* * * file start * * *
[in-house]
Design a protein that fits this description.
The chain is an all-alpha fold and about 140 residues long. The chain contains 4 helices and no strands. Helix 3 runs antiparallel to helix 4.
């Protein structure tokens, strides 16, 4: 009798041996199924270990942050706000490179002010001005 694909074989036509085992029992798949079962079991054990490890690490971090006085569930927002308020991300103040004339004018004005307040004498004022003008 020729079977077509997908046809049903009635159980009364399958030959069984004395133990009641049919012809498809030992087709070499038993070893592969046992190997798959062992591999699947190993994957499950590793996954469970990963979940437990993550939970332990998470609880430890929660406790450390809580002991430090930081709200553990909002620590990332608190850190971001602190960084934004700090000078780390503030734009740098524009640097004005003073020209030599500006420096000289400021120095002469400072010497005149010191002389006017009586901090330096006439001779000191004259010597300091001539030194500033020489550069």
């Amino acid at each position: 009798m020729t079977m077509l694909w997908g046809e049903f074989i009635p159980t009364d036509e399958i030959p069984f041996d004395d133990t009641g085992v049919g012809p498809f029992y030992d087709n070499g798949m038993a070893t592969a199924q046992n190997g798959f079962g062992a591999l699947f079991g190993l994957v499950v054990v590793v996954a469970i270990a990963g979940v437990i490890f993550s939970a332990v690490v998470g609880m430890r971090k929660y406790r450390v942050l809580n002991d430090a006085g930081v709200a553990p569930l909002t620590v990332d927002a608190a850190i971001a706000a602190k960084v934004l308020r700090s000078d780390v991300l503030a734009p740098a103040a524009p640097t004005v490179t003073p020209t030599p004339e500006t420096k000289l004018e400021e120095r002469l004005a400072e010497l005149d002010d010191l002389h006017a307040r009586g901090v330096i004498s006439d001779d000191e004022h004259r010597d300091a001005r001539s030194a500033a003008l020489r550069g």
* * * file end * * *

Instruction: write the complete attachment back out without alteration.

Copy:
[in-house]
Design a protein that fits this description.
The chain is an all-alpha fold and about 140 residues long. The chain contains 4 helices and no strands. Helix 3 runs antiparallel to helix 4.
């Protein structure tokens, strides 16, 4: 009798041996199924270990942050706000490179002010001005 694909074989036509085992029992798949079962079991054990490890690490971090006085569930927002308020991300103040004339004018004005307040004498004022003008 020729079977077509997908046809049903009635159980009364399958030959069984004395133990009641049919012809498809030992087709070499038993070893592969046992190997798959062992591999699947190993994957499950590793996954469970990963979940437990993550939970332990998470609880430890929660406790450390809580002991430090930081709200553990909002620590990332608190850190971001602190960084934004700090000078780390503030734009740098524009640097004005003073020209030599500006420096000289400021120095002469400072010497005149010191002389006017009586901090330096006439001779000191004259010597300091001539030194500033020489550069």
């Amino acid at each position: 009798m020729t079977m077509l694909w997908g046809e049903f074989i009635p159980t009364d036509e399958i030959p069984f041996d004395d133990t009641g085992v049919g012809p498809f029992y030992d087709n070499g798949m038993a070893t592969a199924q046992n190997g798959f079962g062992a591999l699947f079991g190993l994957v499950v054990v590793v996954a469970i270990a990963g979940v437990i490890f993550s939970a332990v690490v998470g609880m430890r971090k929660y406790r450390v942050l809580n002991d430090a006085g930081v709200a553990p569930l909002t620590v990332d927002a608190a850190i971001a706000a602190k960084v934004l308020r700090s000078d780390v991300l503030a734009p740098a103040a524009p640097t004005v490179t003073p020209t030599p004339e500006t420096k000289l004018e400021e120095r002469l004005a400072e010497l005149d002010d010191l002389h006017a307040r009586g901090v330096i004498s006439d001779d000191e004022h004259r010597d300091a001005r001539s030194a500033a003008l020489r550069g």